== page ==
Today, Cloudflare’s servers are in 310 cities in over 120 countries connecting 13,000 networks, with its network now within 50 milliseconds of 95% of the world’s population. And that makes Cloudflare a potentially ideal place for businesses to run their inference workloads. That’s because inference workloads are likely too computing-intense to run on end devices such as PCs or phones, but are likely “lightweight” enough so that they don’t have to be run all the way back in a large, cloud-based data center.

Management began to capitalize on this potential last September when Cloudflare released Workers AI, an inferencing-as-a-service platform for developers in Cloudflare’s servers, which could potentially put Cloudflare up against the big cloud computing players for inference workloads.

And the new offering is showing early signs of success, with Workers AI requests growing 9x between September and December, according to Cloudflare’s recent fourth-quarter conference call with analysts. And even though the new inference offering just came out and contributes little to revenues today, Cloudflare still saw a very healthy 32% revenue growth in the last quarter, driven by its core products. Of note, Cloudflare is really penetrating larger enterprise customers now, with the company recording its largest customer win, as well as its largest customer renewal ever last quarter.

With much-loved offerings across its core content delivery, network, and cybersecurity markets that are still growing strong, Cloudflare’s new inference products could bolster its already-strong growth rate for years to come.

A transition from growth to value

Nicholas Rossolillo (Salesforce): After a couple of years of unwinding out-of-control spending that cropped up during the pandemic, customer data and relationship management platform Salesforce (NYSE: CRM) is totally back. The software giant reported revenue growth of 11% this past year, despite a big slowdown in corporate spending as companies looked to tighten up as the economy slowed. Salesforce is predicting some of this soft spending among its users will continue, but is still nevertheless predicting revenue growth of about 9% for 2024 (fiscal year 2025 for Salesforce).

As the business has matured, Salesforce made a quick pivot from all-out growth (it had been putting up 20%-plus sales growth for the duration of its existence as a publicly traded stock over the last two decades) to a more value-generating business. CEO Marc Benioff and the top team ratcheted up generally accepted accounting principles (GAAP) operating profit margins this last year to 14.4%, and expects that figure to jump to 20.4% for full-year fiscal 2025.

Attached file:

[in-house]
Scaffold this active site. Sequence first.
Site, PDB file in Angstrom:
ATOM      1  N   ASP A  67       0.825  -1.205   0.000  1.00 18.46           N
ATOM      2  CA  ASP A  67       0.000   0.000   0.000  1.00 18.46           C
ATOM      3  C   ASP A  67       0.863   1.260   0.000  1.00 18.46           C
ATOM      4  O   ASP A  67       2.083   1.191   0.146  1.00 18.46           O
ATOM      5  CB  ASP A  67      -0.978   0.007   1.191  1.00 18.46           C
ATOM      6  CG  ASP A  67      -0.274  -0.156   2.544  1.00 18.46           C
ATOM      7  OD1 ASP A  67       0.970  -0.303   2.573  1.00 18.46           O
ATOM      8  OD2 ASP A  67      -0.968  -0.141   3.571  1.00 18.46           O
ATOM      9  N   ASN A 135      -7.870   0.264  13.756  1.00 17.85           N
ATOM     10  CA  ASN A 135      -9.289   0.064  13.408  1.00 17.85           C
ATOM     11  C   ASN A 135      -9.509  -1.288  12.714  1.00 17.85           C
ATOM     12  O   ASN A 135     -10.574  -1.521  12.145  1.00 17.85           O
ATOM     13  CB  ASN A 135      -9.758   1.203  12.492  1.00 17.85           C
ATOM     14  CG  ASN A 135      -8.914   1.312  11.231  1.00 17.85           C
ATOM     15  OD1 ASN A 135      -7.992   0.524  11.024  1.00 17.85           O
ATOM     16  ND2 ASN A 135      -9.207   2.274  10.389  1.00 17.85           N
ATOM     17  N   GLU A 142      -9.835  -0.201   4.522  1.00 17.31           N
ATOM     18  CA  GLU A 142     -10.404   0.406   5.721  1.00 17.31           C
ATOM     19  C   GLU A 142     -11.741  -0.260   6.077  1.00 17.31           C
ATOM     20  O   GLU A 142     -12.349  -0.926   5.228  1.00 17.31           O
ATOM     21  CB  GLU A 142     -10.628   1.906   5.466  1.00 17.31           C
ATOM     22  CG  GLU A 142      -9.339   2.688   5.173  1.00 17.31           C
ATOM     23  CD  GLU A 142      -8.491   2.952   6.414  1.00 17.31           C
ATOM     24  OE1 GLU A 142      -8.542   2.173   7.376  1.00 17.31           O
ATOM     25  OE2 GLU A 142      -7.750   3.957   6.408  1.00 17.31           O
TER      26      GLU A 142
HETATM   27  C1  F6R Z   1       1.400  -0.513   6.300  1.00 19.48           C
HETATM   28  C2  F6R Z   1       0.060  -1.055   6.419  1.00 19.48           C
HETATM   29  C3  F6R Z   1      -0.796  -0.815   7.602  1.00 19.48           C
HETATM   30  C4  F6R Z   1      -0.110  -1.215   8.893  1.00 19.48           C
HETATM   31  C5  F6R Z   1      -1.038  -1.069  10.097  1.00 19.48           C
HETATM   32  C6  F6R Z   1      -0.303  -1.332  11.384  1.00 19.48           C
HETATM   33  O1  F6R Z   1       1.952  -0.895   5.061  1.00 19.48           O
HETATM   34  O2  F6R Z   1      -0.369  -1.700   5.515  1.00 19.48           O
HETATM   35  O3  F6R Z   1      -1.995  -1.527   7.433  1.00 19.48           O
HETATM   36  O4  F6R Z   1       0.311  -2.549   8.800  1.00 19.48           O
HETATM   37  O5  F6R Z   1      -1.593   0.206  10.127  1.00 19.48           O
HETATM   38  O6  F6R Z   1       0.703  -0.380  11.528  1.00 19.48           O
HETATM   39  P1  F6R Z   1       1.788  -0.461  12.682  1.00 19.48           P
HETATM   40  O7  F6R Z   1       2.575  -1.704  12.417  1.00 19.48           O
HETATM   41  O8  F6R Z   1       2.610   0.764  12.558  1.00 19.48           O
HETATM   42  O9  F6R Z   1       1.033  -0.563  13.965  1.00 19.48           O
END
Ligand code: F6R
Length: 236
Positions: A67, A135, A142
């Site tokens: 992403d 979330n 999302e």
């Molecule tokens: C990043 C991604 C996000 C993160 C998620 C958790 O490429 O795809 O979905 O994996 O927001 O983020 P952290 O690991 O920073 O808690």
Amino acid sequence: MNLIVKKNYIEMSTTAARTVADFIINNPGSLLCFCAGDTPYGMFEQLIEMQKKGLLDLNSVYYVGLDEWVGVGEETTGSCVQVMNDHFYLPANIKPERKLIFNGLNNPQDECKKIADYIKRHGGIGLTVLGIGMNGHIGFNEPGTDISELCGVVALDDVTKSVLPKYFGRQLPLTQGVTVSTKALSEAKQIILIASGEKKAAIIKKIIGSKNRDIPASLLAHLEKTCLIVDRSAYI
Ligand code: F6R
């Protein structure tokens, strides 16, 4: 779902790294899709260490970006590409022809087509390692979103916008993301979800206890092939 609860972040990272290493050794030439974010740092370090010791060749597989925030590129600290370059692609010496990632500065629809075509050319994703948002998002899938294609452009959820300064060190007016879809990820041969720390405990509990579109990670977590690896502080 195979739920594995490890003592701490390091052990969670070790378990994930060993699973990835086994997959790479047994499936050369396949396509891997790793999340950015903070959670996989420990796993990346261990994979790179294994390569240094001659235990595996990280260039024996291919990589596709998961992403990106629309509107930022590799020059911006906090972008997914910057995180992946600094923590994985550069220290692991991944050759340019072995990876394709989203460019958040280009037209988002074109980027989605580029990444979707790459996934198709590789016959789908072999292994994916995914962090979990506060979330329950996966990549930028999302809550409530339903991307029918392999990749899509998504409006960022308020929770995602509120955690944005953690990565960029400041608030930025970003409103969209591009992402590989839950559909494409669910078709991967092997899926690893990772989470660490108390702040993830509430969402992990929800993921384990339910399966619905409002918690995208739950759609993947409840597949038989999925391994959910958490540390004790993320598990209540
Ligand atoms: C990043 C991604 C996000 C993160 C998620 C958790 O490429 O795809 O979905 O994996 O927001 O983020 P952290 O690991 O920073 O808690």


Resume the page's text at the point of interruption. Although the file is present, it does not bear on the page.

CRM Operating Margin (Quarterly) Chart

CRM Operating Margin (Quarterly) Chart

Along the way, Salesforce started repurchasing its own stock as part of a new strategy to begin returning cash to shareholders. And starting this year, Salesforce will also begin paying a quarterly dividend — which, as of this writing, is worth 0.5% in annualized yield. That’s not too exciting, but it nevertheless signals this data management software company’s successful evolution into a more mature business.

Of course, customer data is more important than ever in a new era of AI-fueled computing technology. Salesforce’s own development of AI throughout its platform isn’t translating into any pick-up in growth just yet. However, that tees up the possibility of management underpromising and overdelivering this year on financial guidance. Plus, Benioff and company said its own internal use of its AI tools should fuel the profit margin expansion story for years to come.

Salesforce stock now trades for about 45 times expected GAAP earnings per share (EPS), or about 30 times EPS on an adjusted basis (which corresponds a bit more closely to free cash flow). Shares have been on a hot run in the last year, but there are still years’ worth of profitable returns left in the tank for this cloud software leader. I’m happy to keep holding.

Should you invest $1,000 in Salesforce right now?

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Suzanne Frey, an executive at Alphabet, is a member of The Motley Fool’s board of directors. Anders Bylund has positions in Alphabet, International Business Machines, and Nvidia. Nick Rossolillo has positions in Alphabet, Cloudflare, Nvidia, and Salesforce. William Duberstein has positions in Alphabet and Microsoft. The Motley Fool has positions in and recommends Alphabet, Cloudflare, Microsoft, Nvidia, and Salesforce. The Motley Fool recommends International Business Machines and recommends the following options: long January 2026 $395 calls on Microsoft and short January 2026 $405 calls on Microsoft. The Motley Fool has a disclosure policy.

3 Under-the-Radar AI Stocks With Long-Term Growth Plans was originally published by The Motley Fool